Hi everyone!
We’re proud to introduce a project we’ve been working on at Sacred Spaces over the past few months. We haven’t quite got a name for it yet but we know more or less what it is – a new updated performance of Toll Of The Sea.
Some of you tuned in to our screening last week, but so everyone’s on the same page, Toll Of The Sea is a 1922 techncolour film starring Anna May Wong. There are a lot of interesting things in this film – it’s the second coloured film in existence and the breakthrough role for Anna May who was only 19 at the time. It’s also got an almost all Asian cast with no yellowface, something that we still struggle with today.
However, despite these great points, the film was very much still a product of its time. Based on Madame Butterfly and set near Hong Kong (although the actual location is undisclosed), Lotus Flower, played by Anna May, falls in love with a white man .The film relishes in the cultural clash between Lotus Flower and her fiancé Alan Carver who eventually forgets her for his American childhood sweetheart. Quite often, despite being set in Southern China and with a large Asian cast, the Chinese characters are considered very much secondary to the white Americans.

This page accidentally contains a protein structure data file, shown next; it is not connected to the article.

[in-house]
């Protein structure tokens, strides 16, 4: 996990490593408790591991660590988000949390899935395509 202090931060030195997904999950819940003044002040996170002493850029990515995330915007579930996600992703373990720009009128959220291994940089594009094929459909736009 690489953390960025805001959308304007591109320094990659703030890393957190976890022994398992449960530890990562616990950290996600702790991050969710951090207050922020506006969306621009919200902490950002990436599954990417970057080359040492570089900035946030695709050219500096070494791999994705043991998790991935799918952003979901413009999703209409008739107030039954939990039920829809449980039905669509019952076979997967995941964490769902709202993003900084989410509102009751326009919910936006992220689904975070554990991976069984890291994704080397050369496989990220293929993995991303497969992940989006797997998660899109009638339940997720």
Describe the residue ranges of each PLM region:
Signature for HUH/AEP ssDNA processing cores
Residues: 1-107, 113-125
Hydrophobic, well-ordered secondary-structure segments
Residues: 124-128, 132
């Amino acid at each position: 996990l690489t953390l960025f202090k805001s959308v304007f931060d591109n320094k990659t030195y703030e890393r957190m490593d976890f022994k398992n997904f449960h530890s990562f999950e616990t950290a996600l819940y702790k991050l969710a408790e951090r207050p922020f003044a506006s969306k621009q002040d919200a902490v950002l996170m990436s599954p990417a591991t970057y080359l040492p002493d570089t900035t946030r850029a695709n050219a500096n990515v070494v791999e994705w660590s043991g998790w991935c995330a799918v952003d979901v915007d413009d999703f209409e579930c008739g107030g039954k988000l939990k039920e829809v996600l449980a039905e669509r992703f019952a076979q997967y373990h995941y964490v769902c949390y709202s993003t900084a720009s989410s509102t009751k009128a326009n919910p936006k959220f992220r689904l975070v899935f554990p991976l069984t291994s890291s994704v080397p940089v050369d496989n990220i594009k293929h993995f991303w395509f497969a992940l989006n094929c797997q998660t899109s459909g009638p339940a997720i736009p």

When Justin and I sat down a few months ago to discuss what we could do with this film, one of the first things that can up was to revamp the soundtrack. I’ll go into more detail about this in later posts but the original soundtrack, like the characters in the film, relied heavily on stereotypes. What would happen then, if we took out the original soundtrack and made it more ‘authentic’ to the South China coast? Would we shift how we view the characters? Would the plot find a breath of fresh air?
We had no idea yet.
Sort of still don’t have an idea now, but we’re working on it.
Over the past few months, we’ve been doing research into the film. It’s production, it’s composition and it’s actors. We’ve been gathering folk music from various Southern Chinese traditions that could fit in. We’ve even been looking into different styles of Jazz and American music in an attempt to fully encompass all parts of the film.
In the coming weeks, we’ll be sharing more of the process. The idea is that at some point we can all sit together and watch a new version of Toll Of The Sea where Anna May Wong’s stellar performance is given new life.
All very exciting stuff! Hope you’re as excited as we are.

-Cyril Ma